I say that the cluster is only kind of working because my home network isn’t very well segmented and the cluster heartbeat traffic straight up murders my little switch. It took me a while to figure out the problem. So the cluster works for a few days and then my core switch chokes and passes out, knocking pretty much everything offline. So the cluster is powered off until my new network cards arrive and I can configure separate networks for the clustering and storage.

Coming soon: Adventures in Proxmox part 2: You don’t know shit about networking.


Additional Remote Access Shenannegans

In my previous post, I expanded on my preferred methods for gaining remote access to my home network. Since then, I have decided to quit using Hyper-V because it’s awful.

I have now decided to move to ProxMox on my server. Proxmox is pretty cool, although the documentation sucks. I recently started using Linux containers for my remote access servers instead of VMs, which ProxMox supports out of the box. A truly compelling feature of Proxmox is its integration with Turnkey Linux. You can download Turnkey Linux Container Templates directly in Proxmox and spin them up quickly. I used the Turnkey OpenVPN template to rebuild GATE, my OpenVPN server.

The performance improvement is remarkable. On Hyper-V, each Linux VM ate 512MB of RAM just to sit idle 99.9% of the time. So far I have 3 containers configured with 512MB of ram each, but they use roughly 25-50MB each and they leave the rest for the server. PORTAL, my Windows VM, still takes his share of the RAM and doesn’t give it back, but that’s nothing new.

Moar RAM == moar servers!
On the plus side, efficient use of memory means that I can feel better about running a dedicated Linux box (container) for each application. Dedicated boxes mean that when I inevitably screw something up, it doesn’t affect the other applications that are running (that I haven’t screwed up yet.) Also, with pre-built containers and snapshots, you can toss machines that you screwed up without losing much time. I know, I know, rebuilding a Linux box instead of fixing it is sacrilege… but I got other shit to do.

On the minus side, containers don’t really act like VMs, especially when it comes to alternative network configurations. In particular, a Linux Container that uses a TUN or TAP interface needs some extra configuring. The TUN interface is how OpenVPN does its thing, so getting my GATE machine, the OpenVPN server that allows access to the DMZ on my internal network took a lot of fiddling with to get right. I did a bunch of Googling and I ended up with this forum post that recommends rebuilding the TUN interface at boot time with a script.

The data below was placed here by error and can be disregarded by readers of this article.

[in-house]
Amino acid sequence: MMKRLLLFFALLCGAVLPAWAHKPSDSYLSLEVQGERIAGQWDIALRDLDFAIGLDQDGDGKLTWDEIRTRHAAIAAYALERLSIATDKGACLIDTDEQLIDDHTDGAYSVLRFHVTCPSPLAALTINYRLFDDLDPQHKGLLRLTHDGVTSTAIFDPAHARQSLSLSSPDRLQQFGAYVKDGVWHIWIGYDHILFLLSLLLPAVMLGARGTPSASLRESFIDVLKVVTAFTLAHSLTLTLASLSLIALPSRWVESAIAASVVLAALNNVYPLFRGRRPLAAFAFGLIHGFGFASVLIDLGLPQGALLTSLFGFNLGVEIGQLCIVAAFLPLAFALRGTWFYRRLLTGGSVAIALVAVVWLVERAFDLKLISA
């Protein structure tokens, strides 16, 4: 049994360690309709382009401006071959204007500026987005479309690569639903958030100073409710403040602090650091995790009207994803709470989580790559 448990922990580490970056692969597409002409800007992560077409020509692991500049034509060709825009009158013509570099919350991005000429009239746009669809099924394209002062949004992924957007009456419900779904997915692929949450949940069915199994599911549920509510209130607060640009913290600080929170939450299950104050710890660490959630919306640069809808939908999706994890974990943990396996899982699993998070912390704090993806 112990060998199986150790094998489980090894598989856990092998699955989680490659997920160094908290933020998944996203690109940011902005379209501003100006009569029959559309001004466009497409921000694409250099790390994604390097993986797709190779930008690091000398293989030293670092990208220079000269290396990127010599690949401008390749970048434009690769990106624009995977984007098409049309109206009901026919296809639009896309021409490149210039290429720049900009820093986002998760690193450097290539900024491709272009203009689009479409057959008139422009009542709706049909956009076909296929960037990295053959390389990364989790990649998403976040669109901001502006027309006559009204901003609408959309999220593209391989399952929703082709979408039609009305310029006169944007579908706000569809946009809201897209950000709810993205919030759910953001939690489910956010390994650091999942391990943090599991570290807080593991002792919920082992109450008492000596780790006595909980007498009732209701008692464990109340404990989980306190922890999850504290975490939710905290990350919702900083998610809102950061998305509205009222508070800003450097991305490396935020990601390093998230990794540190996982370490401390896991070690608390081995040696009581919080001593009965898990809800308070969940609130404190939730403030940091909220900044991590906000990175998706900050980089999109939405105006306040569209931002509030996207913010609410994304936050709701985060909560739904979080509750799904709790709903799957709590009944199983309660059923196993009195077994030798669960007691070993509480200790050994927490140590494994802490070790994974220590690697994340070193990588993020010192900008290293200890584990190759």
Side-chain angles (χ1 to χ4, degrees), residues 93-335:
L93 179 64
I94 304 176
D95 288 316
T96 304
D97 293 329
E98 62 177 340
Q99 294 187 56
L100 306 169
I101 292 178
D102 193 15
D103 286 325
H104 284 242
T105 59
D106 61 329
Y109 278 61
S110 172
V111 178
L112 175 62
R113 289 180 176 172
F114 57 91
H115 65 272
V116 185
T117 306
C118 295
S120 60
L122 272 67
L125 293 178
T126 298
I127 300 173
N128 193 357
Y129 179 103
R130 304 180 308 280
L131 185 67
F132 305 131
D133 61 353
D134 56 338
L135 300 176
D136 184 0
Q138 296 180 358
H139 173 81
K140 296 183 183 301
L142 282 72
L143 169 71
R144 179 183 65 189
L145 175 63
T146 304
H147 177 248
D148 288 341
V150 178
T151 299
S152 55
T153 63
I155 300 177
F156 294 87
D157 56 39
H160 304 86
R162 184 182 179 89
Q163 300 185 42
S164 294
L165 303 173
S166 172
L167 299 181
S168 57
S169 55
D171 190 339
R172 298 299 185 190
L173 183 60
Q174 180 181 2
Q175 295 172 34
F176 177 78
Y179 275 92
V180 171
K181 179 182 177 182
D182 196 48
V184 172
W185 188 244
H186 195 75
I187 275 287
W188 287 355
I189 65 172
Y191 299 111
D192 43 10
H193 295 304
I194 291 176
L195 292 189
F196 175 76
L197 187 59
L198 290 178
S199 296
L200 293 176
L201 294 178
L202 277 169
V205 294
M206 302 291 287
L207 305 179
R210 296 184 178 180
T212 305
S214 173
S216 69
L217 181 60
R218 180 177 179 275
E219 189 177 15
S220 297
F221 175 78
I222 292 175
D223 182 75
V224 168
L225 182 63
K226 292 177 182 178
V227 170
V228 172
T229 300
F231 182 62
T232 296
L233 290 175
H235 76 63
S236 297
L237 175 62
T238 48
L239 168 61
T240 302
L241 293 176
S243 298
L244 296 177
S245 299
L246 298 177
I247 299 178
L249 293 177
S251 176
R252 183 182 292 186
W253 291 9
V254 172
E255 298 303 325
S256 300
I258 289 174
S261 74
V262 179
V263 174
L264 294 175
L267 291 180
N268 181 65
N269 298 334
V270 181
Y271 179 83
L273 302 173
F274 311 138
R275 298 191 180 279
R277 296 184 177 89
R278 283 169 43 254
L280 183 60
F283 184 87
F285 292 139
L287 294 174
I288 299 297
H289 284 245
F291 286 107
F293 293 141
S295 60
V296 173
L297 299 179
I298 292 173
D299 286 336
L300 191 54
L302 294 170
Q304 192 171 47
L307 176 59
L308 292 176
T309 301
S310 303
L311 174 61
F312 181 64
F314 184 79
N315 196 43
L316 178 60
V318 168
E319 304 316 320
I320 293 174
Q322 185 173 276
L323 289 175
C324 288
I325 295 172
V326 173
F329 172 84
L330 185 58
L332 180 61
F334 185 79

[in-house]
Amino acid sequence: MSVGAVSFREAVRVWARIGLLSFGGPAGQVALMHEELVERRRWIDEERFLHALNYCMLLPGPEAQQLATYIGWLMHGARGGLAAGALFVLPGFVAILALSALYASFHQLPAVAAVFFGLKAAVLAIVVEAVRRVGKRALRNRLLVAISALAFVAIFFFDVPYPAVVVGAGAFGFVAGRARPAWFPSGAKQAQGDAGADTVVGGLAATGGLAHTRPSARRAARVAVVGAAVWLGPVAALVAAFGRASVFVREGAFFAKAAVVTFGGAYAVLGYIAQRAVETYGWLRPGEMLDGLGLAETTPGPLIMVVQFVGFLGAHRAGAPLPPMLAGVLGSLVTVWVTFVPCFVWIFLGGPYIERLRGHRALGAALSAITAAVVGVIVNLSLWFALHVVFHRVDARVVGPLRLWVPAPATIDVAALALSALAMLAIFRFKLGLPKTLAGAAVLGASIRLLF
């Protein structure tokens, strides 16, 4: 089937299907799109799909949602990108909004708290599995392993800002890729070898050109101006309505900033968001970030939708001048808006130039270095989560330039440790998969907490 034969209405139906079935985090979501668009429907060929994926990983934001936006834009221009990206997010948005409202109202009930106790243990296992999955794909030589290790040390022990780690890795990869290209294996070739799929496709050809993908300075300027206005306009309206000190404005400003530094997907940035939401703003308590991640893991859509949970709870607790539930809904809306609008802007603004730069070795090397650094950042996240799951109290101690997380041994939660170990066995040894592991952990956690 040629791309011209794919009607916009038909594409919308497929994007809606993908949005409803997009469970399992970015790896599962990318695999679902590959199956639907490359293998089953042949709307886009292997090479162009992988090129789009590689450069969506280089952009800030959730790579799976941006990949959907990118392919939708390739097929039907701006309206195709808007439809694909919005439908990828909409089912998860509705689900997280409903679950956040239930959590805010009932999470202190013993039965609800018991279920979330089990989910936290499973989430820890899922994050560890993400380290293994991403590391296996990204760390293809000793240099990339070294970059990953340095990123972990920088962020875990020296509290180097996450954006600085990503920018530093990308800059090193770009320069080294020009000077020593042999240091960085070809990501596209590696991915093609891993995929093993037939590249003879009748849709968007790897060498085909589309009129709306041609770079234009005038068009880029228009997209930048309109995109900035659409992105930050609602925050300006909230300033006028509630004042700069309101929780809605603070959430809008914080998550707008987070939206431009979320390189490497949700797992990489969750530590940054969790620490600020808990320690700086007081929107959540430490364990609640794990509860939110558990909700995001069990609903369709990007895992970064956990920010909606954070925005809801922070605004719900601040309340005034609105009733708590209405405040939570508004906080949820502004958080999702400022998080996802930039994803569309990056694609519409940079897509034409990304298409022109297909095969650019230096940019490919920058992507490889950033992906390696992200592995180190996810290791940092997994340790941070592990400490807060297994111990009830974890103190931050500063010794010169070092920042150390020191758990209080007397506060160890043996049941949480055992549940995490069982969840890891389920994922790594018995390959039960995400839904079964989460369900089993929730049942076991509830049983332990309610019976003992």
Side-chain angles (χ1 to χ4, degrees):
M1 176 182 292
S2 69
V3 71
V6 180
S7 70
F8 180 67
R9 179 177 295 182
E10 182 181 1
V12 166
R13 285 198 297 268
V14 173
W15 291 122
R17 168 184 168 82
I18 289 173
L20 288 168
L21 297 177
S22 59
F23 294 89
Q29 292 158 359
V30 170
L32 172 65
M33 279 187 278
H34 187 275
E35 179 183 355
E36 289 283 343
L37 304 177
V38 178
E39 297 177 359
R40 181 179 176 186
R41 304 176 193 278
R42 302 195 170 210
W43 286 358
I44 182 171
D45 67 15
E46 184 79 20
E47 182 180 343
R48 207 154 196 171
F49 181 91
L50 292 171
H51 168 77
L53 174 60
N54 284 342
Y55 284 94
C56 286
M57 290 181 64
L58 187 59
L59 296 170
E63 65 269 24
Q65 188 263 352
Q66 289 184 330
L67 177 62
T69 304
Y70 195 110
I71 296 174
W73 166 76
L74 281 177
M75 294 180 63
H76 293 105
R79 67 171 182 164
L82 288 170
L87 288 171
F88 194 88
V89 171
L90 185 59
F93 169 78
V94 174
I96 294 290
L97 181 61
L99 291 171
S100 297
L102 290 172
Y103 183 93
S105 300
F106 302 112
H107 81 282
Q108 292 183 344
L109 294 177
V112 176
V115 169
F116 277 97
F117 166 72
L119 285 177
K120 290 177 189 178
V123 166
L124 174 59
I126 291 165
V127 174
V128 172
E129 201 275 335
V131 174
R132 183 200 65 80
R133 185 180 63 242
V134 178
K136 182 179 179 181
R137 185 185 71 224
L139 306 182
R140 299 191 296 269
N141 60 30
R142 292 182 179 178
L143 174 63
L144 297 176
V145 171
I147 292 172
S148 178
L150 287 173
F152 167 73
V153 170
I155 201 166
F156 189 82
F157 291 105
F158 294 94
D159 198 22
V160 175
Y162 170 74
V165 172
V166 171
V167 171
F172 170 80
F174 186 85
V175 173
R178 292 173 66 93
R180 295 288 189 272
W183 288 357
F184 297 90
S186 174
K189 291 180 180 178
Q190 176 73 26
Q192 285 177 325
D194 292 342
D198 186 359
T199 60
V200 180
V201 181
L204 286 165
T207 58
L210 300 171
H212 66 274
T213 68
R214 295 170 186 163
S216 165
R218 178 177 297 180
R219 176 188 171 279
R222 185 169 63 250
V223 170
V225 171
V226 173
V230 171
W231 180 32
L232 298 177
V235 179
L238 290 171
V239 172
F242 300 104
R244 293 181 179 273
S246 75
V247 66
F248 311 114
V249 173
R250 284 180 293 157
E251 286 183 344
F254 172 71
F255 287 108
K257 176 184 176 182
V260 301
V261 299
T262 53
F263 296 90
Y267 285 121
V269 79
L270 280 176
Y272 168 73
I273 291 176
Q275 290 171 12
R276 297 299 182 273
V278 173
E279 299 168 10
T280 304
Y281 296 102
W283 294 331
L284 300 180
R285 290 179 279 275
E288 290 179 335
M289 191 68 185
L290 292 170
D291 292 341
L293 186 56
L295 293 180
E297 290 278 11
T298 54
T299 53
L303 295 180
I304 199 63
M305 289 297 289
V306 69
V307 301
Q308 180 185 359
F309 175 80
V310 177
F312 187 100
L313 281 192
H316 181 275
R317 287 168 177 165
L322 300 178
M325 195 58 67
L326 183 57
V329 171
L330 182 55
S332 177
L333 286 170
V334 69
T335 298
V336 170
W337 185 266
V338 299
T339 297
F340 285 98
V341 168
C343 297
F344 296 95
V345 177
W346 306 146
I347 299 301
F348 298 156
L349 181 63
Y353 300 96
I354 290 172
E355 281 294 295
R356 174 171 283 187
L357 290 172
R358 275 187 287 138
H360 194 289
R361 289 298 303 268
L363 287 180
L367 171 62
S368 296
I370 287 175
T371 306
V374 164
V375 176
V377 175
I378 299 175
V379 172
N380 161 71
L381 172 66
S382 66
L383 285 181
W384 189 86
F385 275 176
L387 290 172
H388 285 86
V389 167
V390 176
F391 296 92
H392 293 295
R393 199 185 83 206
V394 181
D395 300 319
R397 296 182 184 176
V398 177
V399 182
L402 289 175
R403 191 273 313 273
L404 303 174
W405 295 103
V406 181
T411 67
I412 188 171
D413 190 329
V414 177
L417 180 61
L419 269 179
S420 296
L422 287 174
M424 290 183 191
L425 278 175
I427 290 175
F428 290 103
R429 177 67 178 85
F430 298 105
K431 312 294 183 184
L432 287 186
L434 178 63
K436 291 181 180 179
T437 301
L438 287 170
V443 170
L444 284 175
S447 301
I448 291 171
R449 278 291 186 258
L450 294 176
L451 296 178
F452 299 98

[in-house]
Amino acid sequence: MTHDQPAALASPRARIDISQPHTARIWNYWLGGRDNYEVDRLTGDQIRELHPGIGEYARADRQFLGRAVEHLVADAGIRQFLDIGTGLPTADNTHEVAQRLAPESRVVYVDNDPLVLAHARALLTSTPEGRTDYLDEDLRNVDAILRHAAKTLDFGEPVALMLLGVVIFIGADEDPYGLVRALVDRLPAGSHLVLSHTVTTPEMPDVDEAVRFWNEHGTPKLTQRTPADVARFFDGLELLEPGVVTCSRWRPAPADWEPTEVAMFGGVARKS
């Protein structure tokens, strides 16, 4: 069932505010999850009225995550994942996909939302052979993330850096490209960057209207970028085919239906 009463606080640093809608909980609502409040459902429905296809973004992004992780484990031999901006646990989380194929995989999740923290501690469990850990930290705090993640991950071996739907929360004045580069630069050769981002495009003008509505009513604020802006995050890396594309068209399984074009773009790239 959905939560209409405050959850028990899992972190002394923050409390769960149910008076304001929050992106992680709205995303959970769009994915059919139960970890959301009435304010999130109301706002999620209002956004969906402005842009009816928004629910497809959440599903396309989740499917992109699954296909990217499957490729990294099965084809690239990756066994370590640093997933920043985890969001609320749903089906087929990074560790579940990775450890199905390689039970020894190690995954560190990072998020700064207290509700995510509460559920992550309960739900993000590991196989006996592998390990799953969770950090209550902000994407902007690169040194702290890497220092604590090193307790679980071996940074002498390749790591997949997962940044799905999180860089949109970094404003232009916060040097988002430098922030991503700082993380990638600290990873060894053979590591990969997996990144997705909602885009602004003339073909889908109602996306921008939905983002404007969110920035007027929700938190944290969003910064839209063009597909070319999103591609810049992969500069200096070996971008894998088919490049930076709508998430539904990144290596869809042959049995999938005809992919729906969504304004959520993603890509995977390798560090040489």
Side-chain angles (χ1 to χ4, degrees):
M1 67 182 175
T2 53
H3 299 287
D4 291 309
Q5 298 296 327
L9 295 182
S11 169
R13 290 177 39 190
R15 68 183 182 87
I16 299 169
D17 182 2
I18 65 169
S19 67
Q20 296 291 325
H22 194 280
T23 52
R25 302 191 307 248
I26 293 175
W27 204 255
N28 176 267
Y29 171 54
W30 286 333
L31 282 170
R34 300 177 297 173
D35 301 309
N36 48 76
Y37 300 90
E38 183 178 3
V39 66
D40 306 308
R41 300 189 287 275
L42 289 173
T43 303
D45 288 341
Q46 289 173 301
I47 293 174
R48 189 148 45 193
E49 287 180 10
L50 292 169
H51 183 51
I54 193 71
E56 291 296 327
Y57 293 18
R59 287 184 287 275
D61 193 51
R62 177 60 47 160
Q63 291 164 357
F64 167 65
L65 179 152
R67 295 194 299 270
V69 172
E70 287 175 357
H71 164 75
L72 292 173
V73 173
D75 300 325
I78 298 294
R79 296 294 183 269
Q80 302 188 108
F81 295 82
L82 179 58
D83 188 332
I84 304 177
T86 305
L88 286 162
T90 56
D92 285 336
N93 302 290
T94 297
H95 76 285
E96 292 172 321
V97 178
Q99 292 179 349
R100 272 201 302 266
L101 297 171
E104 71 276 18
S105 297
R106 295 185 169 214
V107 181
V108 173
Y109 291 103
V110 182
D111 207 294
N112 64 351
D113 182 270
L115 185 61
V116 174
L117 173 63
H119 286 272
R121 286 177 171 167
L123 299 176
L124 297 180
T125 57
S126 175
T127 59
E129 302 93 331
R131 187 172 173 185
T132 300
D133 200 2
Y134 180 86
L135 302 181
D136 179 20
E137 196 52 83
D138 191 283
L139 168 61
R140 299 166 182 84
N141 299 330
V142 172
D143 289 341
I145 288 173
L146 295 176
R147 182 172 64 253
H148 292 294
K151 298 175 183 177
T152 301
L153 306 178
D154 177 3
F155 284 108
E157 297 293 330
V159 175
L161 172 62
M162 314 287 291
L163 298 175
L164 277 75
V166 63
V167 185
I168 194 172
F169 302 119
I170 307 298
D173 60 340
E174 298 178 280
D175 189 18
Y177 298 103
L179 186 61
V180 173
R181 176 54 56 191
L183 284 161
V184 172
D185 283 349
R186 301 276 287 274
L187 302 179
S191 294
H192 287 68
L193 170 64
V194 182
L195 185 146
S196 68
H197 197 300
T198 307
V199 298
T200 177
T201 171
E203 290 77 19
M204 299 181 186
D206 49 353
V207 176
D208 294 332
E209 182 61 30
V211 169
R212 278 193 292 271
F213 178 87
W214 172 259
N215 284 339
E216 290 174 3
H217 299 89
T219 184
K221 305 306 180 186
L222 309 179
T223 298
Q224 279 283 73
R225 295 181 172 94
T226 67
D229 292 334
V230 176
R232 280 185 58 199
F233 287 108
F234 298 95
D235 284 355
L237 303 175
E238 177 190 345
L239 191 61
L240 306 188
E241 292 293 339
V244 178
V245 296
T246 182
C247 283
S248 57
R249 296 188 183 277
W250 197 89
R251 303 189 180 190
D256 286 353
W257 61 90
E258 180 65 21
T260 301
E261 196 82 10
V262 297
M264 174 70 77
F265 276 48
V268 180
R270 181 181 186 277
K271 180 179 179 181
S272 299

Here is the TUN script that I have graciously stolen so that I don’t have to Google it again (I didn’t even bother to change the German comments):

#! /bin/sh
# Provides:          tun
# Required-Start:    $network
# Required-Stop:     $openvpn
# Default-Start:     S 1 2
# Default-Stop:      0 6
# Short-Description: Make a tun device.
# Description:       Create a tundev for openvpn

# Aktionen
case "$1" in
        mkdir /dev/net
        mknod /dev/net/tun c 10 200
        chmod 666 /dev/net/tun
        rm /dev/net/tun
        rmdir /dev/net
        #do nothing!

exit 0

Then you enable the script and turn it on:
chmod 755 /etc/init.d/tun
update-rc.d tun defaults

With this script, I was able to stand up a real OpenVPN server (not just an Access Server appliance) for unlimited concurrent connections! Not that I need them. I’m the only one that uses the VPN and most of the time I just use SSH tunnels anyway.

Since OpenVPN container templates make standing up servers so easy, I thought I’d build another one that works in reverse. In addition to GATE that lets OpenVPN clients route in to the DMZ, I thought I would use an OpenVPN client to route traffic from some DMZ hosts out to the Internet via Sweden. In the past, I used a VPN service to dump my Bittorrent box’s traffic this way, but I would like to extend that service to multiple machines. EVERYBODY GETS A VPN!

Öppna dörr. Getönda flörr.
I couldn’t figure out what a machine that does this kind of thing is called. It’s a server, but it serves up its client connection to other clients. It’s a router, but it just has the one network interface (eth0) that connects to a tunnel (tun0). It’s basically setting up a site-to-site VPN, but the other site is actually a secure gateway. This identity crisis led to a terminology problem that made finding documentation pretty tough. Fortunately, I found another pirate looking to do the same thing and stole his scripts 🙂

Since it’s a doorway to a VPN gateway to Sweden, I decided to call the box DÖRR, which is Swedish for “door”. I did this to maintain my trans-dimensional gateway theme (HUB, GATE, PORTAL, etc.)